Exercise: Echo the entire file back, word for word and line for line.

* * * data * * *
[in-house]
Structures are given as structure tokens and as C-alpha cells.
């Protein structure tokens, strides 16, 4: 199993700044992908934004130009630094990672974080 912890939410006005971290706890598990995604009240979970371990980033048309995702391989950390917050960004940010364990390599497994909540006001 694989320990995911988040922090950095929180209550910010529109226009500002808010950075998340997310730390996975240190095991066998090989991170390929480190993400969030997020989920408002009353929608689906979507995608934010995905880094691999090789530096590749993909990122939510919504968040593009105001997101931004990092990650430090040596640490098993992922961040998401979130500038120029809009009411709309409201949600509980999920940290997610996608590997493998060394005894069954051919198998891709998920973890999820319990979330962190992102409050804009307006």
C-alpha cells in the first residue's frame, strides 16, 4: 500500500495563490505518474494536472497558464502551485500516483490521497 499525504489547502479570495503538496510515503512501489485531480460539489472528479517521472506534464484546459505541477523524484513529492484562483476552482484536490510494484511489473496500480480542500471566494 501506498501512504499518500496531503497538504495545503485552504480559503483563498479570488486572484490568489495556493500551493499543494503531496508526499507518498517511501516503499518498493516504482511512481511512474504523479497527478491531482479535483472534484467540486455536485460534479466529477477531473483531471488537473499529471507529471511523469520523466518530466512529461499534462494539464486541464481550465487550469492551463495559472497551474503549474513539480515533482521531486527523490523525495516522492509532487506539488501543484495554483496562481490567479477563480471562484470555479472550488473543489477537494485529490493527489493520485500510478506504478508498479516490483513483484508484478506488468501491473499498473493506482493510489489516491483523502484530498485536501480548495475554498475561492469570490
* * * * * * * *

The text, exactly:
[in-house]
Structures are given as structure tokens and as C-alpha cells.
């Protein structure tokens, strides 16, 4: 199993700044992908934004130009630094990672974080 912890939410006005971290706890598990995604009240979970371990980033048309995702391989950390917050960004940010364990390599497994909540006001 694989320990995911988040922090950095929180209550910010529109226009500002808010950075998340997310730390996975240190095991066998090989991170390929480190993400969030997020989920408002009353929608689906979507995608934010995905880094691999090789530096590749993909990122939510919504968040593009105001997101931004990092990650430090040596640490098993992922961040998401979130500038120029809009009411709309409201949600509980999920940290997610996608590997493998060394005894069954051919198998891709998920973890999820319990979330962190992102409050804009307006």
C-alpha cells in the first residue's frame, strides 16, 4: 500500500495563490505518474494536472497558464502551485500516483490521497 499525504489547502479570495503538496510515503512501489485531480460539489472528479517521472506534464484546459505541477523524484513529492484562483476552482484536490510494484511489473496500480480542500471566494 501506498501512504499518500496531503497538504495545503485552504480559503483563498479570488486572484490568489495556493500551493499543494503531496508526499507518498517511501516503499518498493516504482511512481511512474504523479497527478491531482479535483472534484467540486455536485460534479466529477477531473483531471488537473499529471507529471511523469520523466518530466512529461499534462494539464486541464481550465487550469492551463495559472497551474503549474513539480515533482521531486527523490523525495516522492509532487506539488501543484495554483496562481490567479477563480471562484470555479472550488473543489477537494485529490493527489493520485500510478506504478508498479516490483513483484508484478506488468501491473499498473493506482493510489489516491483523502484530498485536501480548495475554498475561492469570490